Guardala Mouthpiece Informative Brochures From 1990

A friend of mine on Facebook, Adrian Chia, posted  these pictures of hardcopy Guardala mouthpiece brochures that he received from Dave Guardala in the mail back in 1990.  Dave was living in Hicksville NY at the time and working out of his garage from what I have heard.  If only I had a time machine……………  Thought some of you guys might like to see these as I had never seen them before.  You can click on the photos to see them larger.

PS.  If you have any other interesting information to go with this post let me know in the comment section below.  Thanks,   Steve

Guardala Tenor Sax Mouthpiece Model List

Guardala Alto & Soprano Sax Mouthpiece Model List

Guardala Mouthpiece Price List from the 90’s

Steve About Steve

Steve Neff has been playing and teaching saxophone and jazz improvisation around the New England area for the last 30 years. He is the author of many effective jazz improvisation methods as well as founding the popular jazz video lesson site


  1. Hi Steve, here is a link to the Guardala site of a German saxophone store:
    At the bottom, there is a description of the Guardala pieces from 1996.
    And you´re right, looking at the prices asked for a time machine would be really nice!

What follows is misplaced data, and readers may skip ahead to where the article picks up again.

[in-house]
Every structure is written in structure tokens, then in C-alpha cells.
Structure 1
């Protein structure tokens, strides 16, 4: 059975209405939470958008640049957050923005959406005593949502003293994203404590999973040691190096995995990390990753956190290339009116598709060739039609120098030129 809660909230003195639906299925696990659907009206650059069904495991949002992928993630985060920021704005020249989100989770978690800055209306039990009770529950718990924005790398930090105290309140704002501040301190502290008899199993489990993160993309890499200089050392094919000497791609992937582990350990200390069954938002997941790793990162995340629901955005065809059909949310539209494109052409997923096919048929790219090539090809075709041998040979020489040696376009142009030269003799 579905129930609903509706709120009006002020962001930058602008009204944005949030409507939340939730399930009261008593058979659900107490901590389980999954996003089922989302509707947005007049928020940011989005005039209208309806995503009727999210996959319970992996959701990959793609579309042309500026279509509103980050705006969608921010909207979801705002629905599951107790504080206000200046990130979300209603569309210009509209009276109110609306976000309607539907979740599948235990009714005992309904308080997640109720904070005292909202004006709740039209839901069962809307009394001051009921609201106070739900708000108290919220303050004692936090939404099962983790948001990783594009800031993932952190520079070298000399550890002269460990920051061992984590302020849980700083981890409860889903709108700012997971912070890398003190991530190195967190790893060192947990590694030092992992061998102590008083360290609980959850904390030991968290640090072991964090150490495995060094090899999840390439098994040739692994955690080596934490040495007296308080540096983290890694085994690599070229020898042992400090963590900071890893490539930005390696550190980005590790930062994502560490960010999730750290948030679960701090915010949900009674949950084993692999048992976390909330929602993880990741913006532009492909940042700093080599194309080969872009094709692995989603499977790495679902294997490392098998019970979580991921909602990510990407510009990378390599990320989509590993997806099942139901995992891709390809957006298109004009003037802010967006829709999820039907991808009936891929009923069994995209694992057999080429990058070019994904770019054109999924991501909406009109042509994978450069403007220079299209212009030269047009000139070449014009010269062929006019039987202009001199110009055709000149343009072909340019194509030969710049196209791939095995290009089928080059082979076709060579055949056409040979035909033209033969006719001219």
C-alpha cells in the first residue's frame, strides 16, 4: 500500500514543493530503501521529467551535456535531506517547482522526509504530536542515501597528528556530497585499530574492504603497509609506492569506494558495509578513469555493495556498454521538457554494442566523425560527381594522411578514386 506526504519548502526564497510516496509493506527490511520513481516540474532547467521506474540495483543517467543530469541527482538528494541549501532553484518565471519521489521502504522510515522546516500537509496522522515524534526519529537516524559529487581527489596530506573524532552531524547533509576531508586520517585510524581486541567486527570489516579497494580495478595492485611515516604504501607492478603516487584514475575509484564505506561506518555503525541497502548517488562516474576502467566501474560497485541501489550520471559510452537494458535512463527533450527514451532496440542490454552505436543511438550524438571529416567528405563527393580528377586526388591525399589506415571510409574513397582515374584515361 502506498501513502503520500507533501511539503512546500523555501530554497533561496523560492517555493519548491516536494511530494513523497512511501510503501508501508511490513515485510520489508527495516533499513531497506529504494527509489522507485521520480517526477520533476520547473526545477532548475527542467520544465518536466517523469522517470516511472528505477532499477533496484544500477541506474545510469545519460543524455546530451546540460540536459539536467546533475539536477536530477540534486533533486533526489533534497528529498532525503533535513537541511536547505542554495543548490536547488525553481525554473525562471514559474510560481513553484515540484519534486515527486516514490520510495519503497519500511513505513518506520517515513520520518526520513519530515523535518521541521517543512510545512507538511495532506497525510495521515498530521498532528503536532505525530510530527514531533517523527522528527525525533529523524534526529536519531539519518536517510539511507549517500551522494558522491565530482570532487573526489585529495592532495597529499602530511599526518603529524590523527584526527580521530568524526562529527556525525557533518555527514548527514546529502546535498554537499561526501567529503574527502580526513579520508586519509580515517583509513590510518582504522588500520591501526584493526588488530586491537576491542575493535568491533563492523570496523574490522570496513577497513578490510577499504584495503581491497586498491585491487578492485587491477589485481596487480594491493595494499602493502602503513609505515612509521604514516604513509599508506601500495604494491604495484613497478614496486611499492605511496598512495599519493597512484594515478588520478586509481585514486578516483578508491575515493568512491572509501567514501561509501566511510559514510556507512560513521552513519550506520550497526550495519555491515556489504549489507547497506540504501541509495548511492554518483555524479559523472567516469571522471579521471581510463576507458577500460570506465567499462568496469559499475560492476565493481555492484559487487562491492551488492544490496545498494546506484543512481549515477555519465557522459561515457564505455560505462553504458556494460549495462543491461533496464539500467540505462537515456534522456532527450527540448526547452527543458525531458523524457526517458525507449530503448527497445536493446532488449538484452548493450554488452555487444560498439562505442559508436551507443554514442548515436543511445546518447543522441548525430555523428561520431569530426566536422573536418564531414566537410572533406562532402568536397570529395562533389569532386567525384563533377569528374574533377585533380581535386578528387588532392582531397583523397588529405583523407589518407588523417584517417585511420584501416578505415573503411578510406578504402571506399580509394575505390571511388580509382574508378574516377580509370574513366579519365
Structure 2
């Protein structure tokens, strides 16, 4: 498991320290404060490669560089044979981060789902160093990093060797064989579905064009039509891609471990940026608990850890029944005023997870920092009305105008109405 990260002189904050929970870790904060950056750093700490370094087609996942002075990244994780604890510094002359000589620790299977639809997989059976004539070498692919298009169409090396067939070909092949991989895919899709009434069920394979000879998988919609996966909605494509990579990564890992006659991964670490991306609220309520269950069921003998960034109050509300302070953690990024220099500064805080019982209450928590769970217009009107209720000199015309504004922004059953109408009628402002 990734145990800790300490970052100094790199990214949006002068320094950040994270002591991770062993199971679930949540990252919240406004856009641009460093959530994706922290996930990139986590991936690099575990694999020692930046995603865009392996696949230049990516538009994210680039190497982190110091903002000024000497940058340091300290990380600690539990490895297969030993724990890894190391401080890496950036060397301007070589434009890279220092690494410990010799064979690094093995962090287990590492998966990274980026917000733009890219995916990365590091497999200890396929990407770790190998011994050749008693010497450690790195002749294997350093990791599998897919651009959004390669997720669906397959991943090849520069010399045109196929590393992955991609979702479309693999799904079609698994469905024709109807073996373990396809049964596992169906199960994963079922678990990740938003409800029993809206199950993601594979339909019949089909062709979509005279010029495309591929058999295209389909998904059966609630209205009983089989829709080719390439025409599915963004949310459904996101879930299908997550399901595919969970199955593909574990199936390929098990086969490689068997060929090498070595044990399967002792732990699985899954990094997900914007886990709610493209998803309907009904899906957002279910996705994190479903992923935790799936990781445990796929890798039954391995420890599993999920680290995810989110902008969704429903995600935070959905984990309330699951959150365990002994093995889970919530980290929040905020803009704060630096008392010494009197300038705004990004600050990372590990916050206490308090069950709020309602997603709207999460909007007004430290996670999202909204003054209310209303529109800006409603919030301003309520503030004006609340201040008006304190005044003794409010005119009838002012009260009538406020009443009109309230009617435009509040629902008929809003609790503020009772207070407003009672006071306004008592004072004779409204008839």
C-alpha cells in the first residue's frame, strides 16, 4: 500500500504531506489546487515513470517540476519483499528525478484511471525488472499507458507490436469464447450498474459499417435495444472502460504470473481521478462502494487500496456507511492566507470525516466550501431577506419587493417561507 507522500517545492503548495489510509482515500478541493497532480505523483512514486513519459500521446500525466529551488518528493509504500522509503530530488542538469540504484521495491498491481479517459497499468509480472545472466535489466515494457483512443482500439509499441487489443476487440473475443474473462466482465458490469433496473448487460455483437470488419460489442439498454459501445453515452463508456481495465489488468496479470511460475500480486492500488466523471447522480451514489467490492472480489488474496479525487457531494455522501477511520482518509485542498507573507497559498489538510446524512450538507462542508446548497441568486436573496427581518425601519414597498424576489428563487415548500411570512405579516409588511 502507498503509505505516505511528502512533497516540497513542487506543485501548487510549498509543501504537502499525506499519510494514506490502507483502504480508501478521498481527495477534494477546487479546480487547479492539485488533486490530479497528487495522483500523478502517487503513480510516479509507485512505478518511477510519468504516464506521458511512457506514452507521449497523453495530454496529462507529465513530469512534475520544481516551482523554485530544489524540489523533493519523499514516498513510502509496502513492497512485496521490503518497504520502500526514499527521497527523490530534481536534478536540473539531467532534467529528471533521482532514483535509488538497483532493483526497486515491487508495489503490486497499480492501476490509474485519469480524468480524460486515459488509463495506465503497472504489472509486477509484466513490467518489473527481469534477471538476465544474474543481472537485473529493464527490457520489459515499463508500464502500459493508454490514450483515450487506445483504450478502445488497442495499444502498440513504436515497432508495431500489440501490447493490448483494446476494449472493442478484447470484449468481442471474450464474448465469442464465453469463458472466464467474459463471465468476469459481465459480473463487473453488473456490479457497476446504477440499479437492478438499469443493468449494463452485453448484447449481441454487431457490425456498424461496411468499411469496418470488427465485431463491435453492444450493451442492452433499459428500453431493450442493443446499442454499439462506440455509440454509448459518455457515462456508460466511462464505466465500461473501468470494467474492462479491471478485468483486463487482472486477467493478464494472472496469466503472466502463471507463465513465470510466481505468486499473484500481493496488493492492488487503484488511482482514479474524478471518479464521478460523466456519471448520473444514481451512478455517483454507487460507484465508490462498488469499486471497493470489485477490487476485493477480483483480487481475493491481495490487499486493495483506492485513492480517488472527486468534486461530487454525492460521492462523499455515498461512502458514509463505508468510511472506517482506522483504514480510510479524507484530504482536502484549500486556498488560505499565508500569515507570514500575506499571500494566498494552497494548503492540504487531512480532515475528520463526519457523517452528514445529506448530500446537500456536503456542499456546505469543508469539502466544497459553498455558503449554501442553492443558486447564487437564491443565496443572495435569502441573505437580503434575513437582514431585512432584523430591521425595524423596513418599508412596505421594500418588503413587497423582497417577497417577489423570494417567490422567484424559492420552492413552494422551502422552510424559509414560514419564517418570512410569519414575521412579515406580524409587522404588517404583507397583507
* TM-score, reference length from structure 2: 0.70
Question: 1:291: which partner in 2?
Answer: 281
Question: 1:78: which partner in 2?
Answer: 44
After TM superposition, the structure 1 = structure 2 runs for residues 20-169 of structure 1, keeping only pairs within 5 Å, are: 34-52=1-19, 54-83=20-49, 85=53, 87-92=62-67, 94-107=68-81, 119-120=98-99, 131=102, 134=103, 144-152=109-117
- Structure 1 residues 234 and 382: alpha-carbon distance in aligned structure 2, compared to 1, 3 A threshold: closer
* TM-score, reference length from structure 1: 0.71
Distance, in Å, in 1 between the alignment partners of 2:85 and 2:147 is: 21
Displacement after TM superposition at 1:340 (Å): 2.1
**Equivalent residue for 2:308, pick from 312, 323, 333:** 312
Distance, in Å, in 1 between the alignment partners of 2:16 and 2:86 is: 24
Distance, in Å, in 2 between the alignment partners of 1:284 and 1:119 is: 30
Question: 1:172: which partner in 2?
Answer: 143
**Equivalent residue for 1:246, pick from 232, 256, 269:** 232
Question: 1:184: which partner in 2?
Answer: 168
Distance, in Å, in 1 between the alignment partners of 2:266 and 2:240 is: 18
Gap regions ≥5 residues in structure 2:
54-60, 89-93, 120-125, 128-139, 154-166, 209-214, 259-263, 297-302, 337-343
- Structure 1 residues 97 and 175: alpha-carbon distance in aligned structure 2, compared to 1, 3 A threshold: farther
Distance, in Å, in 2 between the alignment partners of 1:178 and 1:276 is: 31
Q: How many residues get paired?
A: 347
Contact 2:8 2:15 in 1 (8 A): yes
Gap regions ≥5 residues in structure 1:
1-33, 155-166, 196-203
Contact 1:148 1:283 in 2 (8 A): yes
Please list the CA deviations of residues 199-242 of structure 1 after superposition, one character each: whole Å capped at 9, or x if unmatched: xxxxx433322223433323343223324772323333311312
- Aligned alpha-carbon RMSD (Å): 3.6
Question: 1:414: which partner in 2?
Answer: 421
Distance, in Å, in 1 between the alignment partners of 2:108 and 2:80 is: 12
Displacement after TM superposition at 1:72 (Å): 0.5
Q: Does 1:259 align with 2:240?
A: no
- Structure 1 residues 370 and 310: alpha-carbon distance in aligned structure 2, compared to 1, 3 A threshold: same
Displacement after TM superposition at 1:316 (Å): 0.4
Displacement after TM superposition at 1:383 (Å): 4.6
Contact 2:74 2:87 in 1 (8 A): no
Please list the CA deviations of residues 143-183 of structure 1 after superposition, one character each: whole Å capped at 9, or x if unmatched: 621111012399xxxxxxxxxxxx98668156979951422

All the best from Germany, Heiner.

  2. I think this was later than when he was working from his garage. This is the EXACT description that was in the Woodwind and Brasswind catalogs, and the Branford Marsalis mouthpiece came out after that.

  3. Avatar Seth Mellon says

    I visited with Dave at his work shop in a garage building behind the home on Long Island that I guess owned by his mother. I think I remember ihat DG introduced his mother in the kitchen before we went back to the garage shop in backyard…..It was a long time ago…..don’t remember the year, likely sometime between ‘75 and ‘85…..I remember that I play tested and bought a metal SELMER soprano mouthpiece that Dave had fitted with a plastic/hardened epoxy-like baffle……a material used by dentists….is what I’m remembering… longer possess the piece…..probably stayed less than an hour…..was unfamiliar with the area and was a long solo drive there and home… an old beater vehicle before cell phones/GPS……have used other Guardala pieces on my MarkVI and KEILWERTH over subsequent years…..was one and only time I was in DG’s company. He didn’t charge me all that much for the piece (because it was a modified SELMER…….Some years before that….I remember meeting Bobby DuKoff at (Ithink I’m remembering this correctly….) CRITERION STUDIO…..Ponpano, Fla.

  4. I recently received Guardala studio 6 for alto saxophone from Nadir sax in the mail. I was very disappointed. the mouthpiece is difficult to control, all the time the sound broke. I requested a refund. now I’m waiting for the money to return. I was interested in the sound of guardala bebop, but now I’m afraid to order this expensive mouthpiece.

    • Try a Vigilante alto mouthpiece instead, made by the same person who spent countless hours working on original handmade Guardalas.

      The Vigilante mouthpieces are extremely expensive though.

  5. Avatar Giuseppe C. says

    Welcome Steve,
    I hope my contribution to the conversation about the first series, and, at the time, single series, of Guardala Tenor mouthpieces will be useful.